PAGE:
Why Specialty? - How to Get the Best Out of Your Brews as a Specialist Coffee Shop

For many consumers, coffee is simply an on-the-go caffeinated hit. The perfect solution to long working-days at the office and the ideal reason to make a visit to the local coffee shop. But what does it actually mean to be a specialty coffee shop aside from serving coffee that is more expensive and how can shops deliver on their promise? This article aims to explore this question and help baristas, managers and owners of coffee shops to see the inherent possibilities in serving specialty coffee.

Below are five practical tips about how you as a member of a specialist or quality focused-coffee shop can improve your offering in order to better deliver the right experiences to your customer base. 

  1. Develop an in-house training programme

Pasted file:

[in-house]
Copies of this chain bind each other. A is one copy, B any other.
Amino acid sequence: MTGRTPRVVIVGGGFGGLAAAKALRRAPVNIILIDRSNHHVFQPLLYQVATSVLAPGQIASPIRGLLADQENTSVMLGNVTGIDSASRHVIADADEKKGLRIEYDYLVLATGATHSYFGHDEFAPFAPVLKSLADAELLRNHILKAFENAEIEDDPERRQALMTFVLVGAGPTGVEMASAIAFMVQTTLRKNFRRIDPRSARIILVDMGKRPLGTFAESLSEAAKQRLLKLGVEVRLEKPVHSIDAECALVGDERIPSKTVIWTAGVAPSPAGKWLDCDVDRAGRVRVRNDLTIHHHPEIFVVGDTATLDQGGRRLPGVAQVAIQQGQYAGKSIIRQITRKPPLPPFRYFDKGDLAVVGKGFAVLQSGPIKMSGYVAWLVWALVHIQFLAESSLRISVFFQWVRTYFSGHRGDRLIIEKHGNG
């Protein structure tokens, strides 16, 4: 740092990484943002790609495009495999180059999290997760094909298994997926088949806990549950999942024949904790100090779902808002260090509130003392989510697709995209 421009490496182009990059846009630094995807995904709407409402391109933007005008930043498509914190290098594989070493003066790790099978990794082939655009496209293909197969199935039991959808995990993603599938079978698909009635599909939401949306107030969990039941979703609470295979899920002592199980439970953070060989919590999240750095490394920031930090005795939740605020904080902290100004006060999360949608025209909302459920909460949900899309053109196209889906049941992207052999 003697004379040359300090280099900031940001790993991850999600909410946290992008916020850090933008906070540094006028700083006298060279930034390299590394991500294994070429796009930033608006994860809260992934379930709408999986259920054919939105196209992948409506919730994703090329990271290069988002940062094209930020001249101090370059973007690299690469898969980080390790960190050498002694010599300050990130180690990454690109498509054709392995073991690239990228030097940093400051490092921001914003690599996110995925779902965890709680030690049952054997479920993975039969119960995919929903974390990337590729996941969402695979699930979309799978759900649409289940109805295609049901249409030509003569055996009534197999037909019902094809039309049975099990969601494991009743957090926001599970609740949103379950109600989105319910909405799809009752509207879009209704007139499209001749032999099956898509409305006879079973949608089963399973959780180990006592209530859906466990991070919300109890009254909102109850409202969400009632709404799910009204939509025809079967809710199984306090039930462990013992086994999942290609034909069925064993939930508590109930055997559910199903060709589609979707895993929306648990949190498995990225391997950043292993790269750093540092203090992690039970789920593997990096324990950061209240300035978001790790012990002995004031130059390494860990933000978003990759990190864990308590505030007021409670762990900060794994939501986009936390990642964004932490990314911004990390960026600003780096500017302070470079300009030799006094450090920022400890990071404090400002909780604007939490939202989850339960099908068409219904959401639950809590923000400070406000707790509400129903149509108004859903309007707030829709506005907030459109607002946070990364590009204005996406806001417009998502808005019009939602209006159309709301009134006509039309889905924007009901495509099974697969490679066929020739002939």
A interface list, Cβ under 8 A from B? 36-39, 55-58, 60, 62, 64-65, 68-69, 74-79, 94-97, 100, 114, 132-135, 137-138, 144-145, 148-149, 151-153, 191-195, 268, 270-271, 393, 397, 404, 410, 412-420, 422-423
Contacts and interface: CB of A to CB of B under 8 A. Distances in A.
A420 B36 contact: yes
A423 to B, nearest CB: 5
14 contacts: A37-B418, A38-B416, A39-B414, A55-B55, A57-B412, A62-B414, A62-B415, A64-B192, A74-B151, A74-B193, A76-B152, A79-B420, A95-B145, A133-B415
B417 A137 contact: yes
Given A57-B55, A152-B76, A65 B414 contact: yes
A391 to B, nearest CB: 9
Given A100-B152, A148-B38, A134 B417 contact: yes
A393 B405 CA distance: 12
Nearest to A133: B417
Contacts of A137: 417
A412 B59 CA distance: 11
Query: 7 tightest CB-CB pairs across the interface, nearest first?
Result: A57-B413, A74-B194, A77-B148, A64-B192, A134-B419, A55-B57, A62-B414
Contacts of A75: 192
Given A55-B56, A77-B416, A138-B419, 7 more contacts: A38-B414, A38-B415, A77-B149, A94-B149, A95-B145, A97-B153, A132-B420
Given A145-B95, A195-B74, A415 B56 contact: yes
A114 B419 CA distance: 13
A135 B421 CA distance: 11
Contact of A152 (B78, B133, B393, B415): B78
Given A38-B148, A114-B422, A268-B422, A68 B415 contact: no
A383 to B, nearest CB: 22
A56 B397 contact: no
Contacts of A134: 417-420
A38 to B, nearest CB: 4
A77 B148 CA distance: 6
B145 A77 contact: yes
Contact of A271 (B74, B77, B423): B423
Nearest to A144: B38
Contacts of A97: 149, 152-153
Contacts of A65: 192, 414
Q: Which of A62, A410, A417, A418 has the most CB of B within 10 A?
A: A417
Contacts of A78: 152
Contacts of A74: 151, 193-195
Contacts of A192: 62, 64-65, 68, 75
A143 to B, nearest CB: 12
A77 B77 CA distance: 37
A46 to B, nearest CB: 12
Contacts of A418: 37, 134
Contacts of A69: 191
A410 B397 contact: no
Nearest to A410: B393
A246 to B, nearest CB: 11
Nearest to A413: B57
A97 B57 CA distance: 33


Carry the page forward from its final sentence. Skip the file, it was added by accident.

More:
We've all experienced that Monday morning shift. Yesterday’s barista didn’t clean or close down the espresso machine properly. There’s still coffee sitting in the grinder hopper. Perhaps they don’t know how or they simply didn’t realise its importance. When it comes to these kind of problems, it is important to confront these issues head on and have open conversations about how to improve systems when working in a quality focused coffee shop. In order to help prevent issues like these from happening in the first place it is key that specialist coffee shops look to develop an in-house training programme that allows all staff to be on the same page when it comes to quality, cleanliness and service expectations. This is also a great way to fairly compensate staff who do great work consistently. Has Fred the customer service assistant passed his level 1 barista training module? Perhaps he should be making a few espresso shots on a quieter day. Did Joanna explain the Colombian natural coffee really well to one of the regulars? Maybe she could do with some extra training resources to help further her interest. For coffee shop owners, an in-house training programme is a great way to tell your staff that you care about their progress and want to see them do well. In addition it will only help further quality, consistency and customer experiences in store. A definite win-win here. For professional barista certification we recommend the SCA and Barista Hustle though we welcome you to our roastery to help develop your skills too.